In paragraph #43, plaintiffs state:
43. Defendant Peters has admitted that the Axanar Works violate Plaintiffs’
copyrights. In an interview published on February 1, 2016, Mr. Peters stated “We
violate CBS copyright less than any other fan film.” See
The defense responds (the response continues on the following page):
43. The allegations in paragraph 43 concern facts that are publicly available, and therefore no response is required. To the extent a response is required, Defendants refer to the alleged article for its contents. Defendants deny that the Axanar Works violate Plaintiffs’ copyrights and further deny that Mr. Peters has “admitted” that the Axanar works violate Plaintiffs’ copyrights.
Except the cited 1701 News story (many thanks to John Kirk and Michael Hinman) notes:
And at the end of the day, when it comes to what unauthorized Star Trek production is violating copyright more, Peters says it’s not “Axanar.”
“We violate CBS copyright less than any other fan film,” he said. “‘Star Trek Continues’ and ‘Star Trek: New Voyages’ violate more than we do.”
Here we have more salmon full of buckshot, gentle reader.
Here the plaintiffs state the Axanar works are substantially similar to the Star Trek copyrighted works. This is the aggregation of elements I have mentioned several times. E. g. it’s not just the ears that maketh the Vulcan; it’s also the haircut, the naming convention, the green blood, the Pon Farr, the reliance on logic, the sehlats, Mount Seleya, the teachings of Surak, the lirpa, and all the rest of it.
Paragraphs #44 and #45 are about the look and feel of Star Trek, alleging, you guessed it, substantial similarity; the defense responds that these are legal conclusions.
Paragraph #46 from the complaint goes on for over twenty pages and shows alleged infringements from the defense, side by side with the canon elements owned by the plaintiffs. It can be viewed in its entirety (pages 11 – 34, inclusive) here.
Fortunately, the defense’s response is a lot shorter, although it does continue on page 10, infra. Here it is, in its entirety:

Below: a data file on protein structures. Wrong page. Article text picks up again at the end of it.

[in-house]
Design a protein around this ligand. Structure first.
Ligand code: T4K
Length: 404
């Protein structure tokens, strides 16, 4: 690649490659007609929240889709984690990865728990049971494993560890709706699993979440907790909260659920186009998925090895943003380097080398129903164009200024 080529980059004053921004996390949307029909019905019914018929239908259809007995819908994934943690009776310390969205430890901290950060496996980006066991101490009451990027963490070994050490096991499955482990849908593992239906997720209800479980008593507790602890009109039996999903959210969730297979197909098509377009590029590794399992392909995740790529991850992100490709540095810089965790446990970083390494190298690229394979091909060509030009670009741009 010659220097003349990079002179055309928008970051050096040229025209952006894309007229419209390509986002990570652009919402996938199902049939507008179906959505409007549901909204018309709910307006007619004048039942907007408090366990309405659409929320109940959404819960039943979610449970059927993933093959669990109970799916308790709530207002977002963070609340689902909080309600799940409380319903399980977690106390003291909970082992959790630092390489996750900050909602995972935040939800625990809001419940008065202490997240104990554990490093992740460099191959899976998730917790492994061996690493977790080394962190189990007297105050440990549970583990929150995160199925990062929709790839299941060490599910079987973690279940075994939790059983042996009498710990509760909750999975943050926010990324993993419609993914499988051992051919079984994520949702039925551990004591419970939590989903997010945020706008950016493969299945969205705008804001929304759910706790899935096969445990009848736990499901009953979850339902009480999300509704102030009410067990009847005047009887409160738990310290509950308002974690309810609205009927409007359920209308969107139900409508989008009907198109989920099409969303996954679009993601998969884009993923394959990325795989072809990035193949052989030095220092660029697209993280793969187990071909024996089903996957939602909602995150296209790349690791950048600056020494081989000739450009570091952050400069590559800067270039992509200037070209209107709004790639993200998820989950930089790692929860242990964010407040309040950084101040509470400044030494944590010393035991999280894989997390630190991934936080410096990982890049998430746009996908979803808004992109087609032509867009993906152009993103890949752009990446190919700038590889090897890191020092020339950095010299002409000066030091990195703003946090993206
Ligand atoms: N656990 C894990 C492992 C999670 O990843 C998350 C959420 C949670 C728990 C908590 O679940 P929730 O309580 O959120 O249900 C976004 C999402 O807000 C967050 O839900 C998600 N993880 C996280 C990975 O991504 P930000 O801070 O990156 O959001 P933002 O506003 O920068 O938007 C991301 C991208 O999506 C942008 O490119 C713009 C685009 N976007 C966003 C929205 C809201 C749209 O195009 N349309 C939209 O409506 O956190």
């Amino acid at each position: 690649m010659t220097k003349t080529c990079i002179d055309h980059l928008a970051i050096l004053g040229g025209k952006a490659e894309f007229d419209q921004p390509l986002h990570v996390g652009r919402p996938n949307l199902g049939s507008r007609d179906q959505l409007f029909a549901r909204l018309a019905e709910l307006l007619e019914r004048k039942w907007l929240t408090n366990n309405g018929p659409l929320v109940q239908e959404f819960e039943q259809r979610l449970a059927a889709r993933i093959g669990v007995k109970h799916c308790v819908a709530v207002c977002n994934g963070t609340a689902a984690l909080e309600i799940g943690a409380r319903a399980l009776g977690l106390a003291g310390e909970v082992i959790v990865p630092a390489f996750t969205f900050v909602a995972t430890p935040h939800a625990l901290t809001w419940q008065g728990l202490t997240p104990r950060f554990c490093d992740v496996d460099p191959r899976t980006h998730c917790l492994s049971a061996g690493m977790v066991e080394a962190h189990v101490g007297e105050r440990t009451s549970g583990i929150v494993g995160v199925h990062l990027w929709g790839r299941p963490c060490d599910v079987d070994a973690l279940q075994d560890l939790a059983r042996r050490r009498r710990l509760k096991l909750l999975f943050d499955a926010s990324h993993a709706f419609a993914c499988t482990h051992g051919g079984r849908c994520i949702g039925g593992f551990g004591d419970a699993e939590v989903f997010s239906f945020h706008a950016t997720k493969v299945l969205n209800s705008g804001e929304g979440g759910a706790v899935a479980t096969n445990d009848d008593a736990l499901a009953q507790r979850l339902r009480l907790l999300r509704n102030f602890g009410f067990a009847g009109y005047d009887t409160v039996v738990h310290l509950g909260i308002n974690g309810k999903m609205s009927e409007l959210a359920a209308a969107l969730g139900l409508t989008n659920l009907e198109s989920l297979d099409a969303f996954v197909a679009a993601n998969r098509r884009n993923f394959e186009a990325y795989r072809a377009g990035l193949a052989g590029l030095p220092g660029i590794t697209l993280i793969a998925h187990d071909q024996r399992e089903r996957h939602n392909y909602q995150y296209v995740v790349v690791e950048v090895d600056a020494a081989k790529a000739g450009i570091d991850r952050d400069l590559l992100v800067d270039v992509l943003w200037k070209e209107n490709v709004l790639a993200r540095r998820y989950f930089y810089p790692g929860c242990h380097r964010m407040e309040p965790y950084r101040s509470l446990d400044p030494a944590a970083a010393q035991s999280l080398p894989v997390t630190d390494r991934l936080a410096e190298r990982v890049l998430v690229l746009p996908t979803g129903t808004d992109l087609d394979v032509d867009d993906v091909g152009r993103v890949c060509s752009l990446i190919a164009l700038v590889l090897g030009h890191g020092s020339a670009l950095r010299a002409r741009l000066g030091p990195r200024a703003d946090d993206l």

46. Defendants deny that Prelude to Axanar copies any protected expression from any of the Star Trek Works. Defendants deny that Prelude to Axanar is substantially similar to, is derivative of, or infringes any of the Star Trek Works. The allegations that Prelude to Axanar “copies many elements” from the Star Trek works, that Defendants “intentionally sought to replicate” the Star Trek Works, and that Defendants sought to create a “Star Trek film” are legal conclusions to which no response is required. Defendants further deny that it is relevant that Plaintiffs believe Prelude to Axanar to be a “Star Trek” work given that this is not a trademark, Lanham Act or unfair competition case, and is thus not in any way about the use of the “Star Trek” name. In response to the allegations in paragraph 46 regarding the various allegedly “copyrighted Star Trek elements” that Prelude to Axanar allegedly copied, Defendants refer to and incorporate by reference the arguments made in their Motion to Dismiss or Strike the FAC (ECF No. 29) and Reply in support thereof (ECF No. 33). Moreover, to the extent Plaintiffs’ allegations in paragraph 46 concern facts that are publicly available and/or within Plaintiffs’ knowledge, no response is required. Defendants refer to Prelude to Axanar and to the identified Star Trek Works for their contents. To the extent any further response is required, and except as otherwise answered, Defendants deny the allegations in paragraph 46. In particular, Defendants deny the allegation that Richard Robau appears in Prelude to Axanar (he does not) and further deny that Soval’s robe in Prelude to Axanar contains “ancient Vulcan script” (the robe contains Chinese letters).
The second motion to dismiss failed spectacularly. Judge Klausner even schooled the defense team on the incorrect application of a case. Why, exactly, would anyone reiterate anything from that loser of a motion?
Could it be the defense is clutching at straws?
As for the error in connecting Robau to Prelude, that’s the sort of thing that could be amended in a pleading. After all, there is still a connection; it’s just that defendant Peters mentioned Robau for the full-length feature.
And then there’s the matter of the Chinese characters. Here’s one (there are actually a few such images in the First Amended Complaint) showing Vulcan robes with writing: